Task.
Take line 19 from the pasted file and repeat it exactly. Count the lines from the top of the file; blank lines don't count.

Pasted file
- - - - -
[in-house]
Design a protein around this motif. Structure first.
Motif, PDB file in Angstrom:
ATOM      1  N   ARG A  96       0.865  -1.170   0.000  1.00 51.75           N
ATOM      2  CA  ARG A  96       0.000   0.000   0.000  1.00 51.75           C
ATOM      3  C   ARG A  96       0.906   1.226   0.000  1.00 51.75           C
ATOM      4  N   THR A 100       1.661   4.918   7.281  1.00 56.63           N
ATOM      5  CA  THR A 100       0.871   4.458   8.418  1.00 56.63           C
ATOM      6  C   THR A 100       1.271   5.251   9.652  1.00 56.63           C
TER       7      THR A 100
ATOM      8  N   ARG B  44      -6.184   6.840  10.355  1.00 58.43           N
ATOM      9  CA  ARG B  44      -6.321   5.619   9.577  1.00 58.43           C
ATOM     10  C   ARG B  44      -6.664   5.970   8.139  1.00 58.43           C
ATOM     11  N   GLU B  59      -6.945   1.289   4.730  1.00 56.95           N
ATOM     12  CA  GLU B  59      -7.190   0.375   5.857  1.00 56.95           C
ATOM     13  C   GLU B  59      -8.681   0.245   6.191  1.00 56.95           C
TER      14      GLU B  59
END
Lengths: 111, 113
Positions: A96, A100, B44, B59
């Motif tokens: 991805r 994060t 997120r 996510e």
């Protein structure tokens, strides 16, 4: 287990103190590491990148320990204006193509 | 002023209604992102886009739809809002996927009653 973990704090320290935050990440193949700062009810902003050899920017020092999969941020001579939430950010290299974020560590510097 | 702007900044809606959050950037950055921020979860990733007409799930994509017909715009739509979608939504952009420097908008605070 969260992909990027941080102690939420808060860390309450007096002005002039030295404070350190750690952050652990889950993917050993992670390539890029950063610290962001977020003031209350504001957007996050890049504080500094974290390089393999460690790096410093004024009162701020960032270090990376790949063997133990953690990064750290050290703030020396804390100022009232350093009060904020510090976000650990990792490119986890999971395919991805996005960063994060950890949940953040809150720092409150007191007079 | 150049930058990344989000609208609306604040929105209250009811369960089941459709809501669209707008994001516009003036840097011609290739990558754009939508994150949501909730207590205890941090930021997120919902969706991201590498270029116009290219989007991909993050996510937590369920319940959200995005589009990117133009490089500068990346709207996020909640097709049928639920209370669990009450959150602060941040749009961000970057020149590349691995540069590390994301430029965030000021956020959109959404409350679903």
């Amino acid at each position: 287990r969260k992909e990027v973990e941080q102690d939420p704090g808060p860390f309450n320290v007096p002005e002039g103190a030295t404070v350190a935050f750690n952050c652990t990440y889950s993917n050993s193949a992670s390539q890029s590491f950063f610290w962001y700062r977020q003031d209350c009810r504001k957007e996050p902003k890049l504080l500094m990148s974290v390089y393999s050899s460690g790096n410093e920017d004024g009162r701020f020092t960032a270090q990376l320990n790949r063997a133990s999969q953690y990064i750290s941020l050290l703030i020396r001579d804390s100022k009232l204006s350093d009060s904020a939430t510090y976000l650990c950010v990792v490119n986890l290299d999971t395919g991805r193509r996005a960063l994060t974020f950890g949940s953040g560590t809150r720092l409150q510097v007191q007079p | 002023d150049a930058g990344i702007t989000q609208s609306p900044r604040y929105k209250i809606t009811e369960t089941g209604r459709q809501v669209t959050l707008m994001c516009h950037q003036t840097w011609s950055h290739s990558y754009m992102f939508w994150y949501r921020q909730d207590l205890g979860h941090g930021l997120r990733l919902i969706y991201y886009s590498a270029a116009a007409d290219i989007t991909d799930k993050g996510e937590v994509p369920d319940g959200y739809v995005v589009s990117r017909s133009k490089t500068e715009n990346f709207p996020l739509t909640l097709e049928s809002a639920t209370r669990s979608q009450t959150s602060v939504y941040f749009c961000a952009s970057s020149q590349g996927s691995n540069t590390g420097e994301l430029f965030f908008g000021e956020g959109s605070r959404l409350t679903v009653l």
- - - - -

Lengths: 111, 113